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    The Most Important Food Festival

    Denmark’s annual culinary twist: the MAD Symposium

    MAD is the Danish word for food and also a not-for-profit organization that aims to spread ideas, forge new relationships, discuss injustices and update – in real time – the global playbook for an ethical, sustainable food culture, according to a report in The New York Times.

    The way it works is you have to apply to be a participant. This year, there were over 1,500 applications – but only 350 made the cut, and they represented 43 countries.

    On Aug. 28-29, they went by canal boat to an undeveloped peninsula jutting between the Baltic Sea and Atlantic Ocean. Their mission was to answer two questions:

    • What do we hope our kitchens will be like in the future?
    • What can we do today to make those dreams a reality?

    One truth emerged: The answer is not in the food, but in the people behind it.

    Jose Andres, the Los Angeles-based Spanish-American chef who's credited with bringing the small-plates dining concept to the Unoted States, and winner of the National Humanities Medal, was one of the keynotes. He implored cooks, restaurateurs, suppliers, food writers and tastemakers to “provide for others what you want for yourself.” The two big issues on MAD’s main stage were the mental and physical health of industry insiders, and the importance of nurturing the food community’s next generation. All told, there were over 100 different sessions.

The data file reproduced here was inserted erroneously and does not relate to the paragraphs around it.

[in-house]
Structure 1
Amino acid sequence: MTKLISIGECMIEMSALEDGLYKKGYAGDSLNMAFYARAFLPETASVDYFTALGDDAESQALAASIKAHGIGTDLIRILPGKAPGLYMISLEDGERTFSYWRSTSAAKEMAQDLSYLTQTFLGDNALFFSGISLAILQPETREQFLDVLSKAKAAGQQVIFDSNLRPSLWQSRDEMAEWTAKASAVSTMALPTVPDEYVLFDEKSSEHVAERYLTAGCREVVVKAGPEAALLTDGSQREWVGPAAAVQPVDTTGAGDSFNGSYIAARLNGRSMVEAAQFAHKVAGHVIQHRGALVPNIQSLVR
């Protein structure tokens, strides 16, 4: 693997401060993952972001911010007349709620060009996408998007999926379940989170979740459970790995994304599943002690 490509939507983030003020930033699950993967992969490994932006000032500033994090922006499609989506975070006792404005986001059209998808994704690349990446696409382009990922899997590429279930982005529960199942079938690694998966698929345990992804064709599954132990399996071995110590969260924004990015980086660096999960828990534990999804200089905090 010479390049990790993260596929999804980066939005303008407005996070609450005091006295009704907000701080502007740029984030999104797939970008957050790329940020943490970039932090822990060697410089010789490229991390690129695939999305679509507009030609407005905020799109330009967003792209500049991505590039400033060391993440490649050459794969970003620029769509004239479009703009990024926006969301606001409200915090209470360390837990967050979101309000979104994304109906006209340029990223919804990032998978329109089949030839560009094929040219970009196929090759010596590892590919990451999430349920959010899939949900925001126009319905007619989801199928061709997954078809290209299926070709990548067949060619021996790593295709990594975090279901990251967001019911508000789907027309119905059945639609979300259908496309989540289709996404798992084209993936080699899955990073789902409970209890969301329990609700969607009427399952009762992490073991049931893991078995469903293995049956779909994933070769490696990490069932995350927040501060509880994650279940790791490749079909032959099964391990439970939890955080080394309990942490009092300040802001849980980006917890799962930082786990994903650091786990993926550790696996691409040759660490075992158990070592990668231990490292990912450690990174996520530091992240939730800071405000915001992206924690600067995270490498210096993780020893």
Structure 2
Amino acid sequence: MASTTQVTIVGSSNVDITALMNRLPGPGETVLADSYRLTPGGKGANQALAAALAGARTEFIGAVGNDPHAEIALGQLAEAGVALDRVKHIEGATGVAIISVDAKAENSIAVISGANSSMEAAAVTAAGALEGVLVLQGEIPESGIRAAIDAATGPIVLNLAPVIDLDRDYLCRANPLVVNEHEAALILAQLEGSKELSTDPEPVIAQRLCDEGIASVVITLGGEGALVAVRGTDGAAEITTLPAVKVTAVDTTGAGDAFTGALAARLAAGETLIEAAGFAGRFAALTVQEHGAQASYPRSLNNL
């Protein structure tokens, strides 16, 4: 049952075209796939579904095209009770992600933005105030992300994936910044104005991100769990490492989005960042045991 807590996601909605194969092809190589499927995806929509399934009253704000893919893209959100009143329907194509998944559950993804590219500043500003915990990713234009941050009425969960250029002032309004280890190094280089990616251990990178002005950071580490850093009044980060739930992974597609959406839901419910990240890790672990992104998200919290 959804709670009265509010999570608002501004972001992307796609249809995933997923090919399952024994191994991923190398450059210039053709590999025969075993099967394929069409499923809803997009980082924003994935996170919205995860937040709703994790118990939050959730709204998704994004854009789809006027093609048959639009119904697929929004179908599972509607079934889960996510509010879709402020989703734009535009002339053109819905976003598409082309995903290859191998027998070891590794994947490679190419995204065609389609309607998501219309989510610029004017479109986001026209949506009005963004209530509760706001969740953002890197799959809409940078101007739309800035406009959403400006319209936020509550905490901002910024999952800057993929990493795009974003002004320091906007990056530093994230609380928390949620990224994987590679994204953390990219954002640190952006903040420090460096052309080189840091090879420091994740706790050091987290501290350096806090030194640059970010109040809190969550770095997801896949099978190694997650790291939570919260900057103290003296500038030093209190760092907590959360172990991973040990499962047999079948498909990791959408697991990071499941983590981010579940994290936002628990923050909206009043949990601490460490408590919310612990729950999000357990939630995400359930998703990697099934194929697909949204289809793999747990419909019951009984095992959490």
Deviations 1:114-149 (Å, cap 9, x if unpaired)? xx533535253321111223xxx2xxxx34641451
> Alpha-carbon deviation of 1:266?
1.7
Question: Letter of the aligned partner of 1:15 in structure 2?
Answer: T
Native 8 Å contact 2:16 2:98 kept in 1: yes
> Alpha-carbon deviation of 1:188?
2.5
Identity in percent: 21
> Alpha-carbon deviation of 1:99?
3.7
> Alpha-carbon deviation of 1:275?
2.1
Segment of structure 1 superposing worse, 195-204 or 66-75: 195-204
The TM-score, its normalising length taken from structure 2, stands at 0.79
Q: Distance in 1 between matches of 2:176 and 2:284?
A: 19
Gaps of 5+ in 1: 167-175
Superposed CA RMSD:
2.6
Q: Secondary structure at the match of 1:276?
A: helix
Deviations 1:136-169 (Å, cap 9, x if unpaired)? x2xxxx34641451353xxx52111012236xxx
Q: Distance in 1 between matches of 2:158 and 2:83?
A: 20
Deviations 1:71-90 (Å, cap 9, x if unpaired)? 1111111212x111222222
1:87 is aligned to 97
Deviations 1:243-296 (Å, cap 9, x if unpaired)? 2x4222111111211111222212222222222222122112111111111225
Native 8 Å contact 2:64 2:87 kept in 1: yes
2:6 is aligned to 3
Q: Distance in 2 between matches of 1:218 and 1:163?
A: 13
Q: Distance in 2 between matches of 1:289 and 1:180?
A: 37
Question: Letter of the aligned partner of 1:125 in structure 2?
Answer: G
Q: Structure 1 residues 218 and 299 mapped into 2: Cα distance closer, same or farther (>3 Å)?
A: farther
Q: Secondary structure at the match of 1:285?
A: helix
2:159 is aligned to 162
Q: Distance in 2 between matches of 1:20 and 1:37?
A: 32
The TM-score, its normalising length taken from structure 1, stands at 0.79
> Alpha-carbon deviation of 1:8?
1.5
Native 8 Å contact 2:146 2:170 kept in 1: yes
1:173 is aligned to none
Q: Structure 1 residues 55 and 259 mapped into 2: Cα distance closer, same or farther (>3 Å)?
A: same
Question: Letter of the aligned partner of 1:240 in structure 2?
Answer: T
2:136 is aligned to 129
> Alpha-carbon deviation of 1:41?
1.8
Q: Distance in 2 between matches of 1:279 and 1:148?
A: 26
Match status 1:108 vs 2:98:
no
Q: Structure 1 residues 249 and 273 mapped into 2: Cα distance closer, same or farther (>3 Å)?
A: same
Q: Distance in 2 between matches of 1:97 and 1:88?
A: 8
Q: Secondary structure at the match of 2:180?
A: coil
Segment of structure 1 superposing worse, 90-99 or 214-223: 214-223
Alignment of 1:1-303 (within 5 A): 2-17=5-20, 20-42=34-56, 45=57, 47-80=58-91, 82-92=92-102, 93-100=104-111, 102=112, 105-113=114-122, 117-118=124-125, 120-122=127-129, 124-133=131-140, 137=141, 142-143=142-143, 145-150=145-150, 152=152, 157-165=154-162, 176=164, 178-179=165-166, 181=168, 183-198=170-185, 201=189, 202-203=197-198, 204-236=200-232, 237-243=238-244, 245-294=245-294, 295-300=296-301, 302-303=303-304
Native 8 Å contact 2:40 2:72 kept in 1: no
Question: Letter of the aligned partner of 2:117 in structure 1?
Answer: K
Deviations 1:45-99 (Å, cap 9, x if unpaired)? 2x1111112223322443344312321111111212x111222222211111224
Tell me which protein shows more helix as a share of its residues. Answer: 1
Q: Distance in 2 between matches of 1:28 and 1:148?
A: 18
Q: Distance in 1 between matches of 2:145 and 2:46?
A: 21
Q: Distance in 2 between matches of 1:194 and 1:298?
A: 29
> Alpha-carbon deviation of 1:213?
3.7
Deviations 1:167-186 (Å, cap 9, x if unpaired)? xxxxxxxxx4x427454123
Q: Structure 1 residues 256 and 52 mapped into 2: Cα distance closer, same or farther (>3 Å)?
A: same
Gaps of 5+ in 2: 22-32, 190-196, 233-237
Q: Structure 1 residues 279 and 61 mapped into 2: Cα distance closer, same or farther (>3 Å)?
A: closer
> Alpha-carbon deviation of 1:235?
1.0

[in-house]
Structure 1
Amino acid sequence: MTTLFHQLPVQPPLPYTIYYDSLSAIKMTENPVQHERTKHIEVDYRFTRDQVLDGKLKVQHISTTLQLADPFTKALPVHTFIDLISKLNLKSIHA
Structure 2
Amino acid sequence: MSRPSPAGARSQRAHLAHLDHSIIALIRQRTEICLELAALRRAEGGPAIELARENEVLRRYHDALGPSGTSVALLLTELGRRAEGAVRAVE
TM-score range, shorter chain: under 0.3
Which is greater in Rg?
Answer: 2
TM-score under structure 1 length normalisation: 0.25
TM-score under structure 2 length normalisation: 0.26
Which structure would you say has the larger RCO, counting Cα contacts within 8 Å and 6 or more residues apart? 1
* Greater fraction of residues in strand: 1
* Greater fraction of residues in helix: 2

The future of food expos and symposiia haven’t reached our shores -- or our association leaders -- just yet. The closest we've come is South Bites at SXSW. Until we stop counting the number of booths we sell, or faking just how many attendees visit, we will never achieve the energy, collaboration, openness and success of symposia like MAD. It’s about the content and nurturing of the next generation in our industry, not the industry self-propaganda. 

    The founder of MAD, René Redzepi, said it best: “Jealousy and entitlement poison a movement. Our trade needs more friendship, collaboration, caretaking, guiding. The pay-it-forward philosophy might sound idealistic, but I know it works. I’m here to be inspired, provoked and fueled to attack it.”

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